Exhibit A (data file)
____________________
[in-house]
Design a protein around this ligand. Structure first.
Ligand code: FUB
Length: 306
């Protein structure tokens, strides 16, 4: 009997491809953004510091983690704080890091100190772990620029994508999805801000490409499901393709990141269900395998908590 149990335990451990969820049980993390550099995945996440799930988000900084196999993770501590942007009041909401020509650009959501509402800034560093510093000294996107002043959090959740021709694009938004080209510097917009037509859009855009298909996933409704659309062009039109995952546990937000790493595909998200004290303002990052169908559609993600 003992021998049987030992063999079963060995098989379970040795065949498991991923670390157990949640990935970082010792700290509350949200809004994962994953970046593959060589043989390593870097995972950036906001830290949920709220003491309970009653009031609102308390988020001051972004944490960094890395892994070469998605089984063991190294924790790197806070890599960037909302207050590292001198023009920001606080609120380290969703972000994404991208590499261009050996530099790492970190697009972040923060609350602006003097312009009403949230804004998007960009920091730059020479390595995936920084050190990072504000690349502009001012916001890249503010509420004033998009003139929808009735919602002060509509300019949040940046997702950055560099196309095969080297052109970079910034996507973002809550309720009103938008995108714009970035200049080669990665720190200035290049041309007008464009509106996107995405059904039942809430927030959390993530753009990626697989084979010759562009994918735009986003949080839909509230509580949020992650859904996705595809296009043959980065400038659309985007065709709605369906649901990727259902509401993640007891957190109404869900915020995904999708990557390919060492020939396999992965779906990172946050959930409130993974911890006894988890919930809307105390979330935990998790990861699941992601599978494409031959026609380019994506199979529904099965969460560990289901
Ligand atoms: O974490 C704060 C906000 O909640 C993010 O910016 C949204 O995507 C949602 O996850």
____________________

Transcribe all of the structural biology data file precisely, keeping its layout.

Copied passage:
[in-house]
Design a protein around this ligand. Structure first.
Ligand code: FUB
Length: 306
């Protein structure tokens, strides 16, 4: 009997491809953004510091983690704080890091100190772990620029994508999805801000490409499901393709990141269900395998908590 149990335990451990969820049980993390550099995945996440799930988000900084196999993770501590942007009041909401020509650009959501509402800034560093510093000294996107002043959090959740021709694009938004080209510097917009037509859009855009298909996933409704659309062009039109995952546990937000790493595909998200004290303002990052169908559609993600 003992021998049987030992063999079963060995098989379970040795065949498991991923670390157990949640990935970082010792700290509350949200809004994962994953970046593959060589043989390593870097995972950036906001830290949920709220003491309970009653009031609102308390988020001051972004944490960094890395892994070469998605089984063991190294924790790197806070890599960037909302207050590292001198023009920001606080609120380290969703972000994404991208590499261009050996530099790492970190697009972040923060609350602006003097312009009403949230804004998007960009920091730059020479390595995936920084050190990072504000690349502009001012916001890249503010509420004033998009003139929808009735919602002060509509300019949040940046997702950055560099196309095969080297052109970079910034996507973002809550309720009103938008995108714009970035200049080669990665720190200035290049041309007008464009509106996107995405059904039942809430927030959390993530753009990626697989084979010759562009994918735009986003949080839909509230509580949020992650859904996705595809296009043959980065400038659309985007065709709605369906649901990727259902509401993640007891957190109404869900915020995904999708990557390919060492020939396999992965779906990172946050959930409130993974911890006894988890919930809307105390979330935990998790990861699941992601599978494409031959026609380019994506199979529904099965969460560990289901
Ligand atoms: O974490 C704060 C906000 O909640 C993010 O910016 C949204 O995507 C949602 O996850």